The home of French classical liberalism

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“The truth is with the French school, and the sooner we recognize the fact,
the better it will be for all the world” — William Stanley Jevons

The free market has often been wrongly conceived of as a mainly Anglo-Saxon phenomenon. This philosophy of freedom has ancient roots, but it has undergone in France a very special development. Unlike the English, the French classical liberals derived freedom from natural rights rather than utilitarianism. They defended free trade and free markets in the form of laissez-faire capitalism. They were primary opponents of collectivist, interventionist and protectionist ideas. Historically, the French School prefigures the modern Austrian School.

The thesis of the french economists of the nineteenth century (Bastiat, Molinari, Guyot, etc.) is that socialism and state interventionnism disregard the law. But it was the french economists of the 18th century (Boisguilbert, Quesnay, Turgot) and the Ideologues (Condillac, Say, Destutt de Tracy, Constant) who laid the foundations of this philosophy, and who became a source of inspiration for Hume, Smith, and Jefferson; and then for Menger, Mises, and Hayek.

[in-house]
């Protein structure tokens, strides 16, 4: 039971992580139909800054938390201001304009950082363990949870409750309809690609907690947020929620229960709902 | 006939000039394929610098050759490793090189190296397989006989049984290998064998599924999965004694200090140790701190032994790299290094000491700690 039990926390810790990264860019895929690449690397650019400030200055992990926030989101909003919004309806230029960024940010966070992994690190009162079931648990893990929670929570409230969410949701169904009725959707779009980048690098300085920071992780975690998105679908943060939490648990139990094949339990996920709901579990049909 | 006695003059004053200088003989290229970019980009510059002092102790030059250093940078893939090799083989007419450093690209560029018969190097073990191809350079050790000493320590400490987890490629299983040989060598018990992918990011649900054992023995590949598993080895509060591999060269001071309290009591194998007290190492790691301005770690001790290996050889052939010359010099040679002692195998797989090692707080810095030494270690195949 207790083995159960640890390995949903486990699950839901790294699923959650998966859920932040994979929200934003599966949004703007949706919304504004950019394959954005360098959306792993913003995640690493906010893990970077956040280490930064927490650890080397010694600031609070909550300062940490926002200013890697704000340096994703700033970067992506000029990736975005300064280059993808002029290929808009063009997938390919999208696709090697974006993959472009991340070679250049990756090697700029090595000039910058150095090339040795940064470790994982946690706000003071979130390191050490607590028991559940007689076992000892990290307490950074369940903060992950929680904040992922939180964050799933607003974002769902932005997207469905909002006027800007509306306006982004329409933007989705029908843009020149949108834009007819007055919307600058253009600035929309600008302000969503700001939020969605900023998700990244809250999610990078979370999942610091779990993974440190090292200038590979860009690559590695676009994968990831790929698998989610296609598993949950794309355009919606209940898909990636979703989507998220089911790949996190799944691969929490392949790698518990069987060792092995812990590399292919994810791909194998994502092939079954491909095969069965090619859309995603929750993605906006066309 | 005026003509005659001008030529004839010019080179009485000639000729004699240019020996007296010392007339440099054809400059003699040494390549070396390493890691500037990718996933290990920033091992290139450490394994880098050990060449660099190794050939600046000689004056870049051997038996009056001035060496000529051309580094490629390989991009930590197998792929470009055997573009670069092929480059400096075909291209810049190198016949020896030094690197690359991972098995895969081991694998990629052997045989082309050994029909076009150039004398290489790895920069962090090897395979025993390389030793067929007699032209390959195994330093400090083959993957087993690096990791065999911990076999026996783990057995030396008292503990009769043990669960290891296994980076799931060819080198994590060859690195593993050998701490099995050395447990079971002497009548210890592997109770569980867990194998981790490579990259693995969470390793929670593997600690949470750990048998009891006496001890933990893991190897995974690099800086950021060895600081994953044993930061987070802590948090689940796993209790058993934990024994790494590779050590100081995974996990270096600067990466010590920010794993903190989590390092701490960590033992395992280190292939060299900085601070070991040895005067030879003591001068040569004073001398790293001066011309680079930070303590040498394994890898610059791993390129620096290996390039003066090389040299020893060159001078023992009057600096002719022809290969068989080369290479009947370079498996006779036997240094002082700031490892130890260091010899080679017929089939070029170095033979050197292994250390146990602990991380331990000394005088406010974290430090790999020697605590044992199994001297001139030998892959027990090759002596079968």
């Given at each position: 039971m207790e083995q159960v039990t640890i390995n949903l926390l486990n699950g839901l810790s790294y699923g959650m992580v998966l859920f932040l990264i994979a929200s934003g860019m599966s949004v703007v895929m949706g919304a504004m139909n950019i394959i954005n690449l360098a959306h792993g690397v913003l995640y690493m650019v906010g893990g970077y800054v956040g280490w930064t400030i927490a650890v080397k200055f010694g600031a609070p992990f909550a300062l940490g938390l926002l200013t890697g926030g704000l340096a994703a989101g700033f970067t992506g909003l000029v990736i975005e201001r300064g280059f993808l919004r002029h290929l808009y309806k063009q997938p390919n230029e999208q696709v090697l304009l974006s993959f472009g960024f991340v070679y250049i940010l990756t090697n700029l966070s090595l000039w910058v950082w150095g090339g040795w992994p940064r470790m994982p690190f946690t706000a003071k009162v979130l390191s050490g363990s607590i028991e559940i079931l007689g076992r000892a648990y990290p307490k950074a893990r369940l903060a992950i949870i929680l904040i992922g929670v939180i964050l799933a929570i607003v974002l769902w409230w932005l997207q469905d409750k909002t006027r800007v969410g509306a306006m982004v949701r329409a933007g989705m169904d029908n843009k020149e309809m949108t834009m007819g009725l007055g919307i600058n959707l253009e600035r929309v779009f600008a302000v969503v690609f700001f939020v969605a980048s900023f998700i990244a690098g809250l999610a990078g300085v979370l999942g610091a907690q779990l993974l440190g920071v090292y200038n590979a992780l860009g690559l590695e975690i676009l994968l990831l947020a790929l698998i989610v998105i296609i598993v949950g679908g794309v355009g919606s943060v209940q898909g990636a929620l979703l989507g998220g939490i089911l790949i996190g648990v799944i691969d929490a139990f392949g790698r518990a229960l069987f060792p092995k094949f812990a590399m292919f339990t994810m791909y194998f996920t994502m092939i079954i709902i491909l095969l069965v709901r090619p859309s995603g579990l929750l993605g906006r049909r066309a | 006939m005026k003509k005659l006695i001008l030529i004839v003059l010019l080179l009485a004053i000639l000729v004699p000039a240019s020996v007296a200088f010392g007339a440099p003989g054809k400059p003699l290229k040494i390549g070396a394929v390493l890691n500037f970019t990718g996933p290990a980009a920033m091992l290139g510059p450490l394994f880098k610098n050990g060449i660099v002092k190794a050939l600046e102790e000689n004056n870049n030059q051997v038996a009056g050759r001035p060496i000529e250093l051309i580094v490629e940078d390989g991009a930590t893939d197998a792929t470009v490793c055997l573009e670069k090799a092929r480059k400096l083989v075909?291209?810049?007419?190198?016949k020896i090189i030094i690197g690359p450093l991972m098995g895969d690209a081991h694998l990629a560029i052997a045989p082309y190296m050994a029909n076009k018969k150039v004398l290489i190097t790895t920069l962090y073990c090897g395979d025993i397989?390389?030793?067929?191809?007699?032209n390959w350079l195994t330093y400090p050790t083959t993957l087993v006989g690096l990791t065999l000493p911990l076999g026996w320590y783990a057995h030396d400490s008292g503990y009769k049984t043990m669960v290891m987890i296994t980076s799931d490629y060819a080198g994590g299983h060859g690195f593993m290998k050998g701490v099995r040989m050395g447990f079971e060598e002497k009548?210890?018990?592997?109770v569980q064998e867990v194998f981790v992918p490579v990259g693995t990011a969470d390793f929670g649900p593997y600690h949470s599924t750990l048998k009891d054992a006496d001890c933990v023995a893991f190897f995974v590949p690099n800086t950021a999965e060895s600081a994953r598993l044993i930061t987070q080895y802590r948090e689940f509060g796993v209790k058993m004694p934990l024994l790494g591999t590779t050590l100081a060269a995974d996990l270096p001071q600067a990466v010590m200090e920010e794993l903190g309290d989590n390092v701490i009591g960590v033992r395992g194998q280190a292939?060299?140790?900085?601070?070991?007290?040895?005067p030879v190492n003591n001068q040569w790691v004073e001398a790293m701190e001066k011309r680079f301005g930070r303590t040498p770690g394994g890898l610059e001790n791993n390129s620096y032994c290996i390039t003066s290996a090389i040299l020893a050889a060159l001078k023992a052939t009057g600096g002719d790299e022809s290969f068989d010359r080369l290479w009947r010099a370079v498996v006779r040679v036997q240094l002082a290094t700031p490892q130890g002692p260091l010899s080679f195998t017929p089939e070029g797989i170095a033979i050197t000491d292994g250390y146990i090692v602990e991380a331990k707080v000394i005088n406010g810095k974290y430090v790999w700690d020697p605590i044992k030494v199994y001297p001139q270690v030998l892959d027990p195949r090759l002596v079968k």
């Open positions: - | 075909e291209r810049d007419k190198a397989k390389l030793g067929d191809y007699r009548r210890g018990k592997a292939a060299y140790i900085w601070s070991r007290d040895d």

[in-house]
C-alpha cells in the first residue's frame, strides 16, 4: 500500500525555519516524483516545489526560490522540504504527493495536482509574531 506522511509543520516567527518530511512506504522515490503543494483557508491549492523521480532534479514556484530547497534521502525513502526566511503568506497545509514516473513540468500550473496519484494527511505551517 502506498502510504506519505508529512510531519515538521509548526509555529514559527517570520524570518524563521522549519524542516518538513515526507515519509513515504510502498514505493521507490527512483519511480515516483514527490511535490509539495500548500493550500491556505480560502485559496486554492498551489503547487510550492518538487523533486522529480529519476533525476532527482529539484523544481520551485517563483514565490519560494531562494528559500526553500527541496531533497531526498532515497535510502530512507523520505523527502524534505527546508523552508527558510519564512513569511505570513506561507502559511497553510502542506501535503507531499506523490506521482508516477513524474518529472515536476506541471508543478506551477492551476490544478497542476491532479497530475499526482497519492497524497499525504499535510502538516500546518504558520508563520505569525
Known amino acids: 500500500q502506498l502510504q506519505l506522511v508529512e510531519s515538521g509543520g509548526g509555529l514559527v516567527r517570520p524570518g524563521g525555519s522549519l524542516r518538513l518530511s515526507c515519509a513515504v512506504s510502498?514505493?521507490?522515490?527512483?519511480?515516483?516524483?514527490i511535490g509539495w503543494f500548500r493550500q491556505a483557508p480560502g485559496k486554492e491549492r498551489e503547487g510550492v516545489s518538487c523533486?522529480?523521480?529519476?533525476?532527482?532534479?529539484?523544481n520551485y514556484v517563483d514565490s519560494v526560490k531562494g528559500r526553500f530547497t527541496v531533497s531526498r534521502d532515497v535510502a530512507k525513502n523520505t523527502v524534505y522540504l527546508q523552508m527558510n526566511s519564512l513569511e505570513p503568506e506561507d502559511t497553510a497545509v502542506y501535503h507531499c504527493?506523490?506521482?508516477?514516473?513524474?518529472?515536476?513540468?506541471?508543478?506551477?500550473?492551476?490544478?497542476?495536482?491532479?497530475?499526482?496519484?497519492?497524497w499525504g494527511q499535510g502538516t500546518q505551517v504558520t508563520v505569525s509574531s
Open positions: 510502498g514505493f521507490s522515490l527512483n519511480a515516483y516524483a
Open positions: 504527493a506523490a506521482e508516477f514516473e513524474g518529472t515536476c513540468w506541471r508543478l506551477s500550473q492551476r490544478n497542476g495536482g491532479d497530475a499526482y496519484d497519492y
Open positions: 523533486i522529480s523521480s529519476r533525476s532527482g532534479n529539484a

The “Groupe de Coppet”, led by Madame de Stael and Benjamin Constant was at the dawn of the nineteenth century, the first European think-tank dedicated to the study of freedom in all its forms. Its work focused on the problems of establishing a limited constitutional government, the issue of free trade, imperialism and French colonialism, the history of the French Revolution and Napoleon, on free speech, education, culture, the rise of socialism and the welfare state.

The Coppet Institute (Institut Coppet), two centuries after the illustrious “Groupe de Coppet”, wants to help raise awareness about all those great precursors. This work of archeology and dissemination includes the edition of a monthly review in french, Laissons Faire, and the publication of books in both English and French. On this website, you will find a selection of readings as well as a general presentation to help you discover the French classical liberal tradition and advance your ideas on the nature of a free society.

And if you happen to read French, we have more content for you on the french website www.institutcoppet.org